Home improvement stores have generally done well throughout the so-called retail apocalypse. That's partly because much of the merchandise sold by The Home Depot (NYSE:HD) and Lowe's (NYSE:LOW) does not lend itself well to delivery, while other items are things consumers want to see before buying. A contractor won't be going to Amazon to buy drywall or 2x4s, and non-professional shoppers likely won't pick a paint color online -- or buy a light fixture or other item that will be installed in their home.

These factors have protected the two major home improvement warehouse chains from digital disruption. That protection, however, is not absolute, and improving delivery options and digital technology could eventually erode these protective walls.

A person shops in a Home Depot.

Home Depot posted a gain in same-store sales in the first quarter. Image source: The Home Depot.

How is Home Depot doing?

Home Depot reported $24.9 billion in first-quarter sales, a 4.4% increase over the same period last year. Comparable store sales rose 4.2% globally and 4.2% in the United States, while net earnings per share came in at $2.08 per share, up from $1.67 in Q1 2017.

Those numbers compared favorably to Lowe's, which saw Q1 sales rise 3.0% to $17.4 billion, with comparable store sales rising by 0.6%. The No. 2 home improvement chain posted EPS of $1.19 for the period, up from an adjusted $1.03 in Q1 2017.

Home Depot CEO Craig Menear was pleased with the results. In his remarks for the Q1 earnings release, he noted that the spring selling season had started slowly, but that the company had recovered.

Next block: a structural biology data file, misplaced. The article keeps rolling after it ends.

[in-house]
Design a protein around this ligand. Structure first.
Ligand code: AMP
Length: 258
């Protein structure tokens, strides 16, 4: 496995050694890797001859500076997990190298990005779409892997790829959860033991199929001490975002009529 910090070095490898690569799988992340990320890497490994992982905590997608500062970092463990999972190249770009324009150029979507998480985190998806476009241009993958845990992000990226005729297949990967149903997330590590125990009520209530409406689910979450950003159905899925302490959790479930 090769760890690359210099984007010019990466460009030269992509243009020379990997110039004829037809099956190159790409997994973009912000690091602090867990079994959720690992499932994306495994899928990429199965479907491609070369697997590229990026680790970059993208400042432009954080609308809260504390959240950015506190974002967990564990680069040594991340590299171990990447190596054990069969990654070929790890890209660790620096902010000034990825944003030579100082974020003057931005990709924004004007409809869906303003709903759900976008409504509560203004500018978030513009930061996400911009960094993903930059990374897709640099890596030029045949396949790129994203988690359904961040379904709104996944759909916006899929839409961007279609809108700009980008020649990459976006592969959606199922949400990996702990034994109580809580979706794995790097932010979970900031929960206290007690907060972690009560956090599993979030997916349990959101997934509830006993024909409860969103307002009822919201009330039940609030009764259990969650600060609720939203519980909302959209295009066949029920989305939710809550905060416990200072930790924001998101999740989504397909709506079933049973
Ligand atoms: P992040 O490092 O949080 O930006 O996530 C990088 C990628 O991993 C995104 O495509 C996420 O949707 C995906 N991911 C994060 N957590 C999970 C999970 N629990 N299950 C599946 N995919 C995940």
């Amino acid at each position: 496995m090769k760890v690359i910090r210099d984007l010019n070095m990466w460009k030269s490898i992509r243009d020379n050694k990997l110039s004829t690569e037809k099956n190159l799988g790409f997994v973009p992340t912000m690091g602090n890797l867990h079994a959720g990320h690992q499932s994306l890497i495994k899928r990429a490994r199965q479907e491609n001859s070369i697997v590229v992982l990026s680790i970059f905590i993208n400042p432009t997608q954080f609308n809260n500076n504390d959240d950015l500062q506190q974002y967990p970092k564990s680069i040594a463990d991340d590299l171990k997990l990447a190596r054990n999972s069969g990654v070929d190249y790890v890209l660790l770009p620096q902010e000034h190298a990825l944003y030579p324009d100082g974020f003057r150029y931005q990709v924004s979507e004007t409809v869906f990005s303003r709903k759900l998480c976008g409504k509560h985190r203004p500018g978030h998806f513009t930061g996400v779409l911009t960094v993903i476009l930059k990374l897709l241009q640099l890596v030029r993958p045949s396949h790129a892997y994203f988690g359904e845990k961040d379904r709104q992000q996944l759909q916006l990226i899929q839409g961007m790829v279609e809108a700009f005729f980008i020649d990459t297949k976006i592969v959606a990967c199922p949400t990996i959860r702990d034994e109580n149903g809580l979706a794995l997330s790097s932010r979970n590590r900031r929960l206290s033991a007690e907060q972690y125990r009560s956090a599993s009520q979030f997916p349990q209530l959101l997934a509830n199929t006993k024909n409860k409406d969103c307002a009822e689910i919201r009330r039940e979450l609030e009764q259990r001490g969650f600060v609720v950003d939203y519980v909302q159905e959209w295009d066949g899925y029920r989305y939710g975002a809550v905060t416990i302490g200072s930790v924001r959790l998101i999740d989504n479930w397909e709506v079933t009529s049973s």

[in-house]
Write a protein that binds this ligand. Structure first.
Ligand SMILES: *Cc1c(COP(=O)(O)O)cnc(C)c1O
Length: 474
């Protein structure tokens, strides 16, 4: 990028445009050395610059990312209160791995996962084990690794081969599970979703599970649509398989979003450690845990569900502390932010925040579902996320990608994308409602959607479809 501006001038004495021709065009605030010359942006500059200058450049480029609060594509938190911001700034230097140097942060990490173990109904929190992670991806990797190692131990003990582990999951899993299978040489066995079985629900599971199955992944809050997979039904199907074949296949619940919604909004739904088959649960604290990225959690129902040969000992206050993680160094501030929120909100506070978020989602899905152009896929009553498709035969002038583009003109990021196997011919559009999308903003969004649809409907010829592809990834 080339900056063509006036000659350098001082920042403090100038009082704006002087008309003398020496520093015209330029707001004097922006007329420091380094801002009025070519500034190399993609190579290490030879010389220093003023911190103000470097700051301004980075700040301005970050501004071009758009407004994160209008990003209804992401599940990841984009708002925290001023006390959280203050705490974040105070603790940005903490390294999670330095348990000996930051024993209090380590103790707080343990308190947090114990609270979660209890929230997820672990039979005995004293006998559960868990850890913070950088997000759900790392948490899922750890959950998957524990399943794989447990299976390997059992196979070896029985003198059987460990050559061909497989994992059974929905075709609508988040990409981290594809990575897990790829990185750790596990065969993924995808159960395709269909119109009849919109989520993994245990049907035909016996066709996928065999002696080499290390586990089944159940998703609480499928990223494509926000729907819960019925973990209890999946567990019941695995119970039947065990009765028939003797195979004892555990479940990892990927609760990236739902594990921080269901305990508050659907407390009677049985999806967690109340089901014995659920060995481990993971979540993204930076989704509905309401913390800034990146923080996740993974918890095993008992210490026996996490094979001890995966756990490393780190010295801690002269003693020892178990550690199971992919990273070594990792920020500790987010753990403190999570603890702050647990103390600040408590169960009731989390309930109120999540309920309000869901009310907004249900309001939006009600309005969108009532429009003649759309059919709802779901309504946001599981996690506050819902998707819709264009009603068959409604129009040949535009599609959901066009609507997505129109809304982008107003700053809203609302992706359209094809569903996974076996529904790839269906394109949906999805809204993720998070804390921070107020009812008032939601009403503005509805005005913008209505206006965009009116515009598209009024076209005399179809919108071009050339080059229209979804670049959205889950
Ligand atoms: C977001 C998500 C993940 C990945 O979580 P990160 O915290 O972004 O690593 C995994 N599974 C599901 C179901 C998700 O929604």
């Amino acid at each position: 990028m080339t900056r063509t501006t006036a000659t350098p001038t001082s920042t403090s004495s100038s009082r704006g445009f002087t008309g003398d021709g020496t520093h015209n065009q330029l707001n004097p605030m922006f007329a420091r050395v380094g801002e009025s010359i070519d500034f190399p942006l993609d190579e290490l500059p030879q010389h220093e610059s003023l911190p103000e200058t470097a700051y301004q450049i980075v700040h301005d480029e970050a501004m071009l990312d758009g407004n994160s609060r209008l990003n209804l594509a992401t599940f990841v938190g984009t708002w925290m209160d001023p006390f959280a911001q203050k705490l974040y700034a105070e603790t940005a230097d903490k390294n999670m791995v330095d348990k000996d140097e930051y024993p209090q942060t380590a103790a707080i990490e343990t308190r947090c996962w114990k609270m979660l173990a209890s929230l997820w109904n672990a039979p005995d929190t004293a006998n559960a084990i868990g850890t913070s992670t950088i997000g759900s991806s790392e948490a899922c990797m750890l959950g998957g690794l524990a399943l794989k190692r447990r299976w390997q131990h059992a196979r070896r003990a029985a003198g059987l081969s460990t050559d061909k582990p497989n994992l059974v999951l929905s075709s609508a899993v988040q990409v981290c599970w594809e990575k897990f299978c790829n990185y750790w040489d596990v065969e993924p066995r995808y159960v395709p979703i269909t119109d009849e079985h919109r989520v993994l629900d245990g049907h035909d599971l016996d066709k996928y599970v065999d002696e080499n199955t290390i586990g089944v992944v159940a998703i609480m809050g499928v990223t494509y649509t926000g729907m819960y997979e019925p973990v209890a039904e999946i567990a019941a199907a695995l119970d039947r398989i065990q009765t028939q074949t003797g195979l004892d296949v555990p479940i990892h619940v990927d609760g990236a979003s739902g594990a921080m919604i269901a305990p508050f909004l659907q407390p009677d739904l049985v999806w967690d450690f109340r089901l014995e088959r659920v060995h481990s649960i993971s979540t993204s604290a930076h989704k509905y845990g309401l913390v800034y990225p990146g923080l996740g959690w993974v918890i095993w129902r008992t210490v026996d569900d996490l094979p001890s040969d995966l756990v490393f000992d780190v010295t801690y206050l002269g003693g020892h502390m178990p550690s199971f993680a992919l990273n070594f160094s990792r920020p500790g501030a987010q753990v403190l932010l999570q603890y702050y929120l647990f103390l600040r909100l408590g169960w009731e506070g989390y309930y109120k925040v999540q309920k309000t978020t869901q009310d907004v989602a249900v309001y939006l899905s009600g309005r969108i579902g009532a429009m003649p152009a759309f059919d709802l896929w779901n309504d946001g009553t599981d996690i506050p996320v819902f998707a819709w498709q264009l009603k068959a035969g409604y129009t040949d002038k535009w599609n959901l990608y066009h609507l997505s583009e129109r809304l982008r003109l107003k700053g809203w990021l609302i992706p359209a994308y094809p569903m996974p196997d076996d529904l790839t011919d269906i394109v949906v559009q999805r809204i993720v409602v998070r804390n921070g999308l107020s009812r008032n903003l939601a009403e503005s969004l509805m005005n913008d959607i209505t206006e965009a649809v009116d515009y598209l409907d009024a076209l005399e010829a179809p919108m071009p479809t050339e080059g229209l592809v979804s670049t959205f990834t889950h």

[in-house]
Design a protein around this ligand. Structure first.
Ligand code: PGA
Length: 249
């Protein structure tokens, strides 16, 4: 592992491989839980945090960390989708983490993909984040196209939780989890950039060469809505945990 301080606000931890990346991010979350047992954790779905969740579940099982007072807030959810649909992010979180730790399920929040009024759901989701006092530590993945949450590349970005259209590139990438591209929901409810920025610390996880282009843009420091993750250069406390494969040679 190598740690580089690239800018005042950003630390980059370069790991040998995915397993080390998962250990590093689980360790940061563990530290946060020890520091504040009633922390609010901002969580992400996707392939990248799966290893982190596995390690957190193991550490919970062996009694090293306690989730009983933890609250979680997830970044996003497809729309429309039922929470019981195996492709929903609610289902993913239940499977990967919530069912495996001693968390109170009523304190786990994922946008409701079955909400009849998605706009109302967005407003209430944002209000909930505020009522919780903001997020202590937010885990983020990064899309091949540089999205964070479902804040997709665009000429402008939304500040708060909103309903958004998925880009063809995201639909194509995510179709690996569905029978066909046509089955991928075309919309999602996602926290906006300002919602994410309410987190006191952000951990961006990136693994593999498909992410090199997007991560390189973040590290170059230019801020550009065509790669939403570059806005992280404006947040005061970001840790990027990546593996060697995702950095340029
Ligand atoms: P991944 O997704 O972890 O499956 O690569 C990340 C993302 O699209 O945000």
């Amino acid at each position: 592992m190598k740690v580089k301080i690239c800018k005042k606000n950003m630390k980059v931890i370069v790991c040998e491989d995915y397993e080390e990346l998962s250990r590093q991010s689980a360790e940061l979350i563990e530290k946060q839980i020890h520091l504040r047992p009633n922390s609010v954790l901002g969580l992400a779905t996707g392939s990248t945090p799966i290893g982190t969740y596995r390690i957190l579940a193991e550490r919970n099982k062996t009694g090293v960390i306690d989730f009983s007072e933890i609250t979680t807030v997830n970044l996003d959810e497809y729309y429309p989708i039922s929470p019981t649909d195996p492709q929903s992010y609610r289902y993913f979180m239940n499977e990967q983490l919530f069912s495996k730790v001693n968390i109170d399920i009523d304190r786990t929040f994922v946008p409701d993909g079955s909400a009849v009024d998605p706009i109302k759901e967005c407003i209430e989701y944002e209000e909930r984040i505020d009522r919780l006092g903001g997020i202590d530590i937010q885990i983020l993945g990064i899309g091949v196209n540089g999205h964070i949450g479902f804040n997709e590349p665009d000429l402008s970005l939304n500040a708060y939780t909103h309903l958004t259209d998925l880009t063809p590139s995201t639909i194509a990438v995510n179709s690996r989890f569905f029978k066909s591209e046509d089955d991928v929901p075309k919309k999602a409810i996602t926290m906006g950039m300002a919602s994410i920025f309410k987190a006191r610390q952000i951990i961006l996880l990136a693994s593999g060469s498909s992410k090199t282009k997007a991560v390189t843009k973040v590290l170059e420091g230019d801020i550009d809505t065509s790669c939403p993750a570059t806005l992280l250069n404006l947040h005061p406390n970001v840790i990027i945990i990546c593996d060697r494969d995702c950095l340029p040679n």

"Outside of our seasonal business, we had solid results in all markets and categories and are seeing strong momentum in all lines of business during these first few weeks of May," he said. "These trends, as well as a favorable housing and macroeconomic backdrop, give us confidence to reaffirm our sales and earnings guidance for fiscal 2018."

Can Home Depot continue its success?

The home improvement chain has been performing strongly, and there's no reason to believe that will change. Menear has not rested upon his laurels, and he is taking steps to build on the company's winning areas.

"Part of the strength we saw in the business can be attributed to the health of our pro customer, as pro sales once again outpaced DIY sales in the quarter," he said during the Q1 earnings call. "Investments aimed at deepening our relationship with our pro customers are yielding increased engagement which translates to incremental spend."

Home Depot is also working to expand delivery options, including 2-hour and 4-hour options in some markets for professional customers. It has also been developing what it calls its "interconnected retail strategy," an effort to grow its online sales.

"Online traffic growth was healthy and our first quarter online sales grew approximately 20% from the first quarter of 2017," Menear said. "During the quarter, we began to launch the customers' ability to attach install services when they buy certain products online in select markets."

Home Depot is a buy

Menear has been tweaking a winning formula, and Home Depot should be able to continue integrating more digital and delivery options that grow the company's sales.

Home Depot really only has one major competitor in Lowe's. That company is undergoing a bit of a reset: It has changed CEOs, and it's playing catch-up compared to its chief rival, which has chugged along steadily.

It's important that Home Depot continues to evolve. It won't become a digital-first retailer, but it needs to smartly evolve its omnichannel services. Menear has shown that he understands how to serve his customers while also anticipating their future needs. That's a winning formula: one which he should be able to maintain under current and expected future market conditions.